Egypt's President, Mohammed Mursi, has pardoned all those arrested since the beginning of last year's popular uprising that ousted Hosni Mubarak.
A post on the president's official Facebook page announced an amnesty for crimes and misdemeanours committed "in support of the revolution".
The decree could lead to the release of several thousand people.
Mubarak stood down in February last year following 18 days of unrest during which hundreds of protesters died.
He is currently serving life in prison after being found guilty in June of failing to prevent the killings.
The "comprehensive pardon" announced by the new president on Monday applies to anyone who was charged with or convicted of "crimes and misdemeanours or attempts to commit them in support of the revolution and the realisation of its goals".
The pardon applies to all those arrested from 25 January 2011, the first day of the revolution, until 30 June 2012, when Mr Mursi took office.
It covers those who are awaiting trial as well those already serving jail sentences. The only exception will be those accused of murder.
Most of those on trial or convicted were detained during the 16 months that Egypt was ruled by the Supreme Council of the Armed Forces, which assumed presidential powers after Mubarak stepped down.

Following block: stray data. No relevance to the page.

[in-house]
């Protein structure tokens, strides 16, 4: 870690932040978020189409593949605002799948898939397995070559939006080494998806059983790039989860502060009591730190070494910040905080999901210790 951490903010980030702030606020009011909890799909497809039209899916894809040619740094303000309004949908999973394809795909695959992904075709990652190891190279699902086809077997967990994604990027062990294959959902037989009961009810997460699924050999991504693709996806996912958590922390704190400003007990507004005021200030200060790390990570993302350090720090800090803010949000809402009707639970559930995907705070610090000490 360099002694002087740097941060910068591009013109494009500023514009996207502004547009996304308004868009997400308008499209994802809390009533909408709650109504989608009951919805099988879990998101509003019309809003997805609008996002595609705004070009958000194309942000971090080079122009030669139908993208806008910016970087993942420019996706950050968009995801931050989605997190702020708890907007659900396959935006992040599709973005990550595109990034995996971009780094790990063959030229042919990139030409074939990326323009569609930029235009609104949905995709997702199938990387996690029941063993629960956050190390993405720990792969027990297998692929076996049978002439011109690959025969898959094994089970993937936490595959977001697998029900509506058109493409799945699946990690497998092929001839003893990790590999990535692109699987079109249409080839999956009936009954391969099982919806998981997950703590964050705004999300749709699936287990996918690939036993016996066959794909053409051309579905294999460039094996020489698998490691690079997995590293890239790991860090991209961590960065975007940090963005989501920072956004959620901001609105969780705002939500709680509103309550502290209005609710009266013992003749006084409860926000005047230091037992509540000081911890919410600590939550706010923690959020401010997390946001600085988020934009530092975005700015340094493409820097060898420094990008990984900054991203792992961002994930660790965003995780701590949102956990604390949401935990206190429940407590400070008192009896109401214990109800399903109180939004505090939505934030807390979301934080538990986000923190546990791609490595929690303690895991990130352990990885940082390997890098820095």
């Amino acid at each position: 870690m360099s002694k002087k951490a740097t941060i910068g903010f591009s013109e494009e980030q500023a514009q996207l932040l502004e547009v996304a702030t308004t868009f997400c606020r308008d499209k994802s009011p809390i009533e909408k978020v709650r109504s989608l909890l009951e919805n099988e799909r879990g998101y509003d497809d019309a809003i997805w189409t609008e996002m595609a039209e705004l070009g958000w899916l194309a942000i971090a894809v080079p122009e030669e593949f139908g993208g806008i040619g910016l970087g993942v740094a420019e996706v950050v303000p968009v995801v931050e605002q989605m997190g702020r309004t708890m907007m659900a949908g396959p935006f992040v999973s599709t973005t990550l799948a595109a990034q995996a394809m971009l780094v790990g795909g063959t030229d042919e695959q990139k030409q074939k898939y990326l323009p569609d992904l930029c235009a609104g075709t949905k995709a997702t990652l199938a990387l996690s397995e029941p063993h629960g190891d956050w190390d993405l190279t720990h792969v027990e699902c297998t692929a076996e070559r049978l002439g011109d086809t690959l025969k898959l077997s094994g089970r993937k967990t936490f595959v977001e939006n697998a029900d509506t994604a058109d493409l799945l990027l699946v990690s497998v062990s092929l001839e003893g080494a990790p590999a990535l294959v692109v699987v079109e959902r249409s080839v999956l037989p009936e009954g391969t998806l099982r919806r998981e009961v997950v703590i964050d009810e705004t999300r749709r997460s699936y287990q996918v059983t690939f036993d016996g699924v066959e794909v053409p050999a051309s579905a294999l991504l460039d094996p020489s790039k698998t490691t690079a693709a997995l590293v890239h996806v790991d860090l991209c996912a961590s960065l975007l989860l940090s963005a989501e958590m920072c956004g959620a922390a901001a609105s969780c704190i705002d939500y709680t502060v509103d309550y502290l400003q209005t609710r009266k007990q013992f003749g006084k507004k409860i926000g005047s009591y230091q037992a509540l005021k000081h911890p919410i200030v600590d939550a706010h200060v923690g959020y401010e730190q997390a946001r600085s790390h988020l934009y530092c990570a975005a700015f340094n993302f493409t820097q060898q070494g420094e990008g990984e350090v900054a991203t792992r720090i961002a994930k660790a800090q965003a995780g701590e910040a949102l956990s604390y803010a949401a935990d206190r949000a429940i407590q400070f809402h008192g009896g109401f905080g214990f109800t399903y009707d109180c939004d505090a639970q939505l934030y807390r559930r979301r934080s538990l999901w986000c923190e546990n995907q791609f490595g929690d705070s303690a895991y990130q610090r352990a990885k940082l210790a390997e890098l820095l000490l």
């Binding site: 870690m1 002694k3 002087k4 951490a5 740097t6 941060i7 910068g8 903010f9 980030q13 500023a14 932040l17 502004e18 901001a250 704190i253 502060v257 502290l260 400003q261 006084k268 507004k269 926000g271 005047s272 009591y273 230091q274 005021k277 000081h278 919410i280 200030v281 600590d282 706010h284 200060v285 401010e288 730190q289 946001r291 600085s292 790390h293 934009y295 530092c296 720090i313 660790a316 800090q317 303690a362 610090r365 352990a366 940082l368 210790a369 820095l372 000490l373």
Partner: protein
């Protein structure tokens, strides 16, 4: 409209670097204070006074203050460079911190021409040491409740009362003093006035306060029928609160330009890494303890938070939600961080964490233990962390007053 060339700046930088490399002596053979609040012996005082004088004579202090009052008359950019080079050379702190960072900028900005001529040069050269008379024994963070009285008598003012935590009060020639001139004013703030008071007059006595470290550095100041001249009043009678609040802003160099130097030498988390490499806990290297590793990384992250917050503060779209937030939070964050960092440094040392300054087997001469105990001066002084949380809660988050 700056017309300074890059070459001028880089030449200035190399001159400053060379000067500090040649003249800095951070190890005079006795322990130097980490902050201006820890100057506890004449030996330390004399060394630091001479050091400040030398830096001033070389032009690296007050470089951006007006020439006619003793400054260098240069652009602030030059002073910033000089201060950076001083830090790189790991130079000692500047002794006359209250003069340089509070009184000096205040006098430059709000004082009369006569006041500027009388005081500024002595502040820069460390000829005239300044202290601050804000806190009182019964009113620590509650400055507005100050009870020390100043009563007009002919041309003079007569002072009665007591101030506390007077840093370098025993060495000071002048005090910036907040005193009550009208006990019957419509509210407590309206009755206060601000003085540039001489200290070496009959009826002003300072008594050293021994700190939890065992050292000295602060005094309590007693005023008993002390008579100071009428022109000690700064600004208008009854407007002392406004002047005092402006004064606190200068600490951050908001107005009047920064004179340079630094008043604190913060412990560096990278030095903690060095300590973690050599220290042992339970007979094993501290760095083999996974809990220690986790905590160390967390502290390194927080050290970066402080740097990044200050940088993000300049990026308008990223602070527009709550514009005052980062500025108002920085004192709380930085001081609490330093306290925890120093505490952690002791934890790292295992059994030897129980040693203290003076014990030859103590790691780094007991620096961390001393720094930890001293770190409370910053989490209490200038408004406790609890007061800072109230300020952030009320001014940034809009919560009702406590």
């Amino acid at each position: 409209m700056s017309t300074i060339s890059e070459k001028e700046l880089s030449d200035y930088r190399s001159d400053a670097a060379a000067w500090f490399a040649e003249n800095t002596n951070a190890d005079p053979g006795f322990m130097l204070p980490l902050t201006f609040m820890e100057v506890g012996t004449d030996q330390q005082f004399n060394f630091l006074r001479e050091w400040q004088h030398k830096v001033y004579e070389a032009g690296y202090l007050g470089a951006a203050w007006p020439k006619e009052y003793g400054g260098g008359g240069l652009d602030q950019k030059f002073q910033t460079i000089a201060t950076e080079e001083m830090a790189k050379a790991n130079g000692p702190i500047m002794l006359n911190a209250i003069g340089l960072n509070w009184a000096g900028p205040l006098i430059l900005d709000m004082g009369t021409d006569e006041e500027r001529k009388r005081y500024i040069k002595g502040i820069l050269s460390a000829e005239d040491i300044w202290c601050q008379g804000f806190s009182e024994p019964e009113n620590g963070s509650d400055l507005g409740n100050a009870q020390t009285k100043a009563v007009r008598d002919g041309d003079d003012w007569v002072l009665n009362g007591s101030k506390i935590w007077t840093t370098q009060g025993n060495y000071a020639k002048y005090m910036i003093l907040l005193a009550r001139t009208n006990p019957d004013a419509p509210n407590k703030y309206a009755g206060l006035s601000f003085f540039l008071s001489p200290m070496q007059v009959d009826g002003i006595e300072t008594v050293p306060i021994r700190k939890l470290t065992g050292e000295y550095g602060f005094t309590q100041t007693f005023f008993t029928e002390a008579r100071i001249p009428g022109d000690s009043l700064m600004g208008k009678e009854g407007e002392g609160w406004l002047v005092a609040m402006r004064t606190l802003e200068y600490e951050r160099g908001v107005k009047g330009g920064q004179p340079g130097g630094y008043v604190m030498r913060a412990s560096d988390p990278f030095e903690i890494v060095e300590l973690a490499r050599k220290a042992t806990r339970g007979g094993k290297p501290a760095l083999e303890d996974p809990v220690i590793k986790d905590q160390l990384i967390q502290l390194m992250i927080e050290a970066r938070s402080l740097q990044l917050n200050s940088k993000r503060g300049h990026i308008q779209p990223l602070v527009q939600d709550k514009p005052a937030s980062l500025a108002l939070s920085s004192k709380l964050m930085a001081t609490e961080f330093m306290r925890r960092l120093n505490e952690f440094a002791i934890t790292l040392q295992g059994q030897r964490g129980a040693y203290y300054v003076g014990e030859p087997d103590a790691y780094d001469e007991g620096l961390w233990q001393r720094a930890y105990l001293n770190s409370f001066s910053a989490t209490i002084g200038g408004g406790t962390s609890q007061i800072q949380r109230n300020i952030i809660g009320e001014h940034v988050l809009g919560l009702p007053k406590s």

More than 12,000 civilians were brought before military tribunals during that time and the campaign group, No to Military Trials, has said that at least 5,000 political prisoners are still in jail.
Mr Mursi's legal adviser, Mohammed Gadallah, said the amnesty was "one of the revolution's most important victories".
"It shows the revolution is now in power and guides the decision-making," he told the Associated Press. "This is a legislation that protects the revolutionaries."
However, human rights lawyers said the wording of the decree was vague and did not immediately set anyone free. It says the names of those to be pardoned must be published by the attorney-general and the military prosecutor within a month. Those not named can challenge the decision.
"It is a great step, but not enough," said Ahmed Seif, a member of the committee formed by Mr Mursi to review cases of those put on trial. "There will be differences over how to implement the pardon."
Ahmed Ragheb, another human rights lawyer, told AP that the phrase "in support of the revolution" could be interpreted in different ways.
Mr Gadallah acknowledged that it was not clear how many people would benefit from the pardon, but said it was likely to cover all major cases where protesters had clashed with security forces.
A month after winning Egypt's first democratic presidential election, Mr Mursi pardoned more than 500 civilians convicted by military tribunals.